Never Let Me Go
This is the dilemma that the characters in director Mark Romanek’s film, Never Let Me Go, must face. Based on the novel by Kazuo Ishiguro, the film follows three childhood friends, Kathy (Carey Mulligan), Tommy (Andrew Garfield), and Ruth (Keira Knightly), from their days in an English boarding school, Hailsham. While at school they follow the strict set of rules that their headmistress, Miss Emily (Charlotte Rampling), has outlined for them. Their harmonious way of life starts to show cracks when a new teacher, Miss Lucy (Sally Hawkins), reveals a secret about the school that will greatly impact the students.
Never Let Me Go was a film that did not impress me at first but, ultimately, I am glad I stuck with it. The slow pacing and seemingly typical love triangle had me wondering about all the positive reviews I had read. Fortunately the intricate and subtle layers of the film started to reveal itself and I became completely enthralled. Part of the lure of the film is that Romanek never opts for the big flashy scenes. Instead he draws out the sorrow and allows his actors to really revel in their character’s situations. Never Let Me Go offers many deep questions such as what is the value of a life? Do we have souls? And how do we assess who deserves to live and who deserves to die?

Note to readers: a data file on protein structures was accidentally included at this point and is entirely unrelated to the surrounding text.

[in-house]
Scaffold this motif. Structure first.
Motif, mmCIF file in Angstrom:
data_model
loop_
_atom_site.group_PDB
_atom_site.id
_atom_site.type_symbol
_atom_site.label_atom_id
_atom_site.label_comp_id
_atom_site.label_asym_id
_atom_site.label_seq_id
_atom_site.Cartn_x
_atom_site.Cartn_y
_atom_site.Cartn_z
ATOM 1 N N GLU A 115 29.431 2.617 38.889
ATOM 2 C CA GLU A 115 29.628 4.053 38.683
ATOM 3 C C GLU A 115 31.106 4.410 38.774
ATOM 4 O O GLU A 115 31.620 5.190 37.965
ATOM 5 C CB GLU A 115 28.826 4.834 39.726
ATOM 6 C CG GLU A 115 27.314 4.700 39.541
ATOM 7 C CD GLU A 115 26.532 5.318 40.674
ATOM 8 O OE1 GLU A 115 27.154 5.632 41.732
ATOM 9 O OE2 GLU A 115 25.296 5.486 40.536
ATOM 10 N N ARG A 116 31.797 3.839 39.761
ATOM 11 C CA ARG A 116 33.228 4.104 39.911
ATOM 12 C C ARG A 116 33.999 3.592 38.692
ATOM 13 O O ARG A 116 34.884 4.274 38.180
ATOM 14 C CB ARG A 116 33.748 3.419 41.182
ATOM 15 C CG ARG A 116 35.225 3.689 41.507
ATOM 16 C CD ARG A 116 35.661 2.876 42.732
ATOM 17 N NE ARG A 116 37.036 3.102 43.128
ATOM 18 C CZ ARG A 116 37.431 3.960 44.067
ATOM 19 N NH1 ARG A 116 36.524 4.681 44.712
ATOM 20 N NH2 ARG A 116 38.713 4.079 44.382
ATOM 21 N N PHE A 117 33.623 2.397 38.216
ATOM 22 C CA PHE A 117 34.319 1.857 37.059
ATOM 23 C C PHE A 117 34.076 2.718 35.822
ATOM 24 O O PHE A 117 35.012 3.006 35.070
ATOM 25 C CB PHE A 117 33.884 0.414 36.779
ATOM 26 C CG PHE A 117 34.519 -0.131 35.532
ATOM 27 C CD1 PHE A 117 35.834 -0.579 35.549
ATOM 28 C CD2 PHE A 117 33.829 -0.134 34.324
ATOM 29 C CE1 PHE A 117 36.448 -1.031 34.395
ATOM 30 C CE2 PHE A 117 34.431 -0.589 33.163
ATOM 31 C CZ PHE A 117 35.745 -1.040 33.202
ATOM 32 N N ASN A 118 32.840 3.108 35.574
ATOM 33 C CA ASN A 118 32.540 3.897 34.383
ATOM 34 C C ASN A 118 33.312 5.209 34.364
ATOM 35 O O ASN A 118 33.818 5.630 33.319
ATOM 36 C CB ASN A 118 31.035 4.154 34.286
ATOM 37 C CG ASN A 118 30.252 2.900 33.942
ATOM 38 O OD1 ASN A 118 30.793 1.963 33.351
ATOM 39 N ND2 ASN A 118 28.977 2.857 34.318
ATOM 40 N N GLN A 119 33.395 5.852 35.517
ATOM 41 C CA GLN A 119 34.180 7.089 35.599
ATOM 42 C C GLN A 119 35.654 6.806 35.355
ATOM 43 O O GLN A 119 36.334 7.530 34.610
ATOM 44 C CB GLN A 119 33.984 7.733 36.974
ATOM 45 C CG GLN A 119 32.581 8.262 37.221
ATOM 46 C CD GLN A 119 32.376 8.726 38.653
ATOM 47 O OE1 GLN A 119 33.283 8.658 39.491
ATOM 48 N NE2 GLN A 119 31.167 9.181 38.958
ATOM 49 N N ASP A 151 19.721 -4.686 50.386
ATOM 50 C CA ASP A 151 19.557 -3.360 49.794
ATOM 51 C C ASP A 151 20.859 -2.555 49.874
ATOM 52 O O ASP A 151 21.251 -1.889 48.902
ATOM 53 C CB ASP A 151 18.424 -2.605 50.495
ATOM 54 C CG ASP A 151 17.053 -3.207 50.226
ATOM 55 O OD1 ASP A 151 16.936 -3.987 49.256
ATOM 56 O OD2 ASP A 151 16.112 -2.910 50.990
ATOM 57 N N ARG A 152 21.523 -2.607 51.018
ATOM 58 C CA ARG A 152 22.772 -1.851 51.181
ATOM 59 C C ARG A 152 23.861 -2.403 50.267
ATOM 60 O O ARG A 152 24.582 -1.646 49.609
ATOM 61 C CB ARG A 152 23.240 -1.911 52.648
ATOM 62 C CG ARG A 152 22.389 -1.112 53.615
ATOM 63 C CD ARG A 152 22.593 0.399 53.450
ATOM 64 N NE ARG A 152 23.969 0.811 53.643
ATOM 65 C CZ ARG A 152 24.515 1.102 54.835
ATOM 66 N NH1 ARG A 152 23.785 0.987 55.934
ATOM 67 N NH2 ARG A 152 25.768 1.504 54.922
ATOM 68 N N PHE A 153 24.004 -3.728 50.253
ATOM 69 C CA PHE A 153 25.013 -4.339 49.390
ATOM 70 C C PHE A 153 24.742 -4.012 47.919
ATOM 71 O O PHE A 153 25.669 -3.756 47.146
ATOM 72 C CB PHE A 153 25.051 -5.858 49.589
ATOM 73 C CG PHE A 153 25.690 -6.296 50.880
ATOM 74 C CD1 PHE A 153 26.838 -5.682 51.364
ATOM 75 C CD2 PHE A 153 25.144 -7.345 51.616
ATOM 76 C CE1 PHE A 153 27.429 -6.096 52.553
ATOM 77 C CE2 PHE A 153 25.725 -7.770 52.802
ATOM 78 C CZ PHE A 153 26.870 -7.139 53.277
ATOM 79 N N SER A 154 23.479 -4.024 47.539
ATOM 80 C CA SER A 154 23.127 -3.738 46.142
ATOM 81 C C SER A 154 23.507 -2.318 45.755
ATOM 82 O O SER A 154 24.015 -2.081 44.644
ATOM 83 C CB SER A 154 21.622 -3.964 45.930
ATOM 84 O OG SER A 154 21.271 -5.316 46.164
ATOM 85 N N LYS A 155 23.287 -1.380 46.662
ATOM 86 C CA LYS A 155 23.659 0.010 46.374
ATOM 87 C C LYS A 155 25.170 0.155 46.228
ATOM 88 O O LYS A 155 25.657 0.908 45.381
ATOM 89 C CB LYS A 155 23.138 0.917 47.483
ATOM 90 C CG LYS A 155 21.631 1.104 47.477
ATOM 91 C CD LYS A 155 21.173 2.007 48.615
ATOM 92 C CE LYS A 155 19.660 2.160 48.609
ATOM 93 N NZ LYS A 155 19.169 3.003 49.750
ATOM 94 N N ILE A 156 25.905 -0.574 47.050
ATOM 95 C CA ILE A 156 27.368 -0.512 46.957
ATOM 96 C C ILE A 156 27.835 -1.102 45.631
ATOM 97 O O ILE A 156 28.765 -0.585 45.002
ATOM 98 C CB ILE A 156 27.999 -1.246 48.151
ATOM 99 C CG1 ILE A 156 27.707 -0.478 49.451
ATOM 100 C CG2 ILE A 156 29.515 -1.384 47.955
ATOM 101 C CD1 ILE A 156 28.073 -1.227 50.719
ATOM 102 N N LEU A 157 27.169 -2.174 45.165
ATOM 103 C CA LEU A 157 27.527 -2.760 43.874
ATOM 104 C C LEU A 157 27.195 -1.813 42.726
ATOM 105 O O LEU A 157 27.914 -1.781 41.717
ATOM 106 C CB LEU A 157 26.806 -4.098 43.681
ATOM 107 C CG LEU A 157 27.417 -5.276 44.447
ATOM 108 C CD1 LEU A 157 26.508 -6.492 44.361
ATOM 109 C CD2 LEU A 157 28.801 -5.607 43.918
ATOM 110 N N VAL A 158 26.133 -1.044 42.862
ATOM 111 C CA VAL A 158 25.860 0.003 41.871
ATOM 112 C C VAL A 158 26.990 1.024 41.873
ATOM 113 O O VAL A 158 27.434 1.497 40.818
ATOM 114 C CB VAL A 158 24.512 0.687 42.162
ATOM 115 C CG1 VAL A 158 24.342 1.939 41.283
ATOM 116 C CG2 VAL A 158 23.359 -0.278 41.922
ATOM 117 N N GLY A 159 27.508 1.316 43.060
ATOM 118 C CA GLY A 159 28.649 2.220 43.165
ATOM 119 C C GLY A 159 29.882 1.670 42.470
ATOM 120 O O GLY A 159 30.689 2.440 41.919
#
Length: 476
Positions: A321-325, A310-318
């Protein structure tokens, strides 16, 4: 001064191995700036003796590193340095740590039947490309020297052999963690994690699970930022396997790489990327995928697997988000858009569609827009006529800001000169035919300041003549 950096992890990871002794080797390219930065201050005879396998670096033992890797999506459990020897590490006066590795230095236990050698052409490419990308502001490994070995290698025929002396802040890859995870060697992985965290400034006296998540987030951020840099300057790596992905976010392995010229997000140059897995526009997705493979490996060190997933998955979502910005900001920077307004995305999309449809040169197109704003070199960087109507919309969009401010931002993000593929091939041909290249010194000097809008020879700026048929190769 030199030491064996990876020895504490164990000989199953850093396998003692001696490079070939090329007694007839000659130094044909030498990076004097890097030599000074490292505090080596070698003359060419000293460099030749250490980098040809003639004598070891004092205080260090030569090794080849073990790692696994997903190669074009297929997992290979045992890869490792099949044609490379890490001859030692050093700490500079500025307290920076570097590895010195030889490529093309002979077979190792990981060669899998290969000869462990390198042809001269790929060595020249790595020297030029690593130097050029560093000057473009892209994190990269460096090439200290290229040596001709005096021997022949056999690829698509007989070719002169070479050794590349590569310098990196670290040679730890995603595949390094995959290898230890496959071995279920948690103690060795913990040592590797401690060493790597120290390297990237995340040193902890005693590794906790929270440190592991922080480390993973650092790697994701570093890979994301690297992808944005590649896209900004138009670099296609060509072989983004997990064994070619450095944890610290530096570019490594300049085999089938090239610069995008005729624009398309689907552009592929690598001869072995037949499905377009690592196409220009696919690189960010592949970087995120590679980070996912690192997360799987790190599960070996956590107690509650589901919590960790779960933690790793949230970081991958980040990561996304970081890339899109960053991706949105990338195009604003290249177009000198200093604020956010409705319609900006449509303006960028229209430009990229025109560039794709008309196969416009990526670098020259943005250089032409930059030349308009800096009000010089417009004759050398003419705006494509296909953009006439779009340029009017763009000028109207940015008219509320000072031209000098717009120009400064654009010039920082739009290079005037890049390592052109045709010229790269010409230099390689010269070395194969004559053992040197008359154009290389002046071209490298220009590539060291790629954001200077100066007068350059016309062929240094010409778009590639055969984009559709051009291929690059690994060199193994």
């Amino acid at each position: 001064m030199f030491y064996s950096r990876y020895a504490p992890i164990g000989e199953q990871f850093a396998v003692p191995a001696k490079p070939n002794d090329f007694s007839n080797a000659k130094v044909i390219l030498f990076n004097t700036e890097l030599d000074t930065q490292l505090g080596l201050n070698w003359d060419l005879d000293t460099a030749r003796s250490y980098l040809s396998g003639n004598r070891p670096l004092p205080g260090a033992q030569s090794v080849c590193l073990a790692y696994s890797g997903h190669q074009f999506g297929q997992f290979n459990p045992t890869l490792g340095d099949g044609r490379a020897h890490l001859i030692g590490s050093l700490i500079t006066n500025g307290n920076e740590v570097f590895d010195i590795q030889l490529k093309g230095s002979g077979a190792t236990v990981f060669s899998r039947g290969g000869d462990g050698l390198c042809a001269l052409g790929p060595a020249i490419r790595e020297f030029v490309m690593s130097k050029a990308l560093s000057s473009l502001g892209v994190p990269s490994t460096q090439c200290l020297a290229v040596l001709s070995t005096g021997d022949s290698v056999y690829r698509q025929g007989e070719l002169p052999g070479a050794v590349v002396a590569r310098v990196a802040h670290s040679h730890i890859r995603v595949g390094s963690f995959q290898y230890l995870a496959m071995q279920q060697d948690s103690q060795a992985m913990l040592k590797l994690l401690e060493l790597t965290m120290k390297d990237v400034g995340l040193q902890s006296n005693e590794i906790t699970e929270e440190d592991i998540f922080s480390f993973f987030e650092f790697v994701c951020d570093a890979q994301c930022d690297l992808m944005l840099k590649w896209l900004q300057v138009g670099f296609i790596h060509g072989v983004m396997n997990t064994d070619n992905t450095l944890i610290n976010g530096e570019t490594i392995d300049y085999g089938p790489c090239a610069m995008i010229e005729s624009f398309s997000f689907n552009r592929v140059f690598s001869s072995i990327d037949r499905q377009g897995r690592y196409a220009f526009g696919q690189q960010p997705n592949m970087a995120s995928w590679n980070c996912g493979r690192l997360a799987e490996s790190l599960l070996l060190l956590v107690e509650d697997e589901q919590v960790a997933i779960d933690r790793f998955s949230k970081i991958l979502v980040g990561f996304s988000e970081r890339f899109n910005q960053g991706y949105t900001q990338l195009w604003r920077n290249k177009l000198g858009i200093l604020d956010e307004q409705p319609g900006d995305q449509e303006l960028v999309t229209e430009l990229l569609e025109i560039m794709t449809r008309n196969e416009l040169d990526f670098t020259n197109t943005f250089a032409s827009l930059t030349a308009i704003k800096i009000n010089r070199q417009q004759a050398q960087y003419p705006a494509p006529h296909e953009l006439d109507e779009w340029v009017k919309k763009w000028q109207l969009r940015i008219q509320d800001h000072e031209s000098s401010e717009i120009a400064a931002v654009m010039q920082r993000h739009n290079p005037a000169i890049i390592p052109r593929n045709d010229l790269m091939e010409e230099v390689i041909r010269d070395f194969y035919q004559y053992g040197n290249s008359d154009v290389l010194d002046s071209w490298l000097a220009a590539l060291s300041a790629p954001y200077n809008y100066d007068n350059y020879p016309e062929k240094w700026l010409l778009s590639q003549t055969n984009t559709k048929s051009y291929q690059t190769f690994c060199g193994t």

The three leads do a great job of showing the complexities of having hope in a hopeless situation. Carey Mulligan is really developing into quite a wonderful actress. She is slowly living up to the hype that arose after the release of An Education. Mulligan not only sold the bittersweet love story with Tommy; but she also, in her role as caregiver, showed how easily one can be desensitized to death. She questions if there is any real difference between those who are dying and the people they are saving.
One of the reasons that Mulligan is so effective in her role is the natural chemistry she has with both Keira Knightly and Andrew Garfield. Knightly shines as the vindictive Ruth, who may not be as strong as she seems. Knightly could have made Ruth an unlikeable character, but opts to make her far more rounded than you initially expect. Garfield on the other hand does of good job of portraying the fragile nature of Tommy without making him annoying. Even when the adult version of Tommy finally realizes his fate, it is his restraint and a somber tone, after a brief outburst, that speak volumes.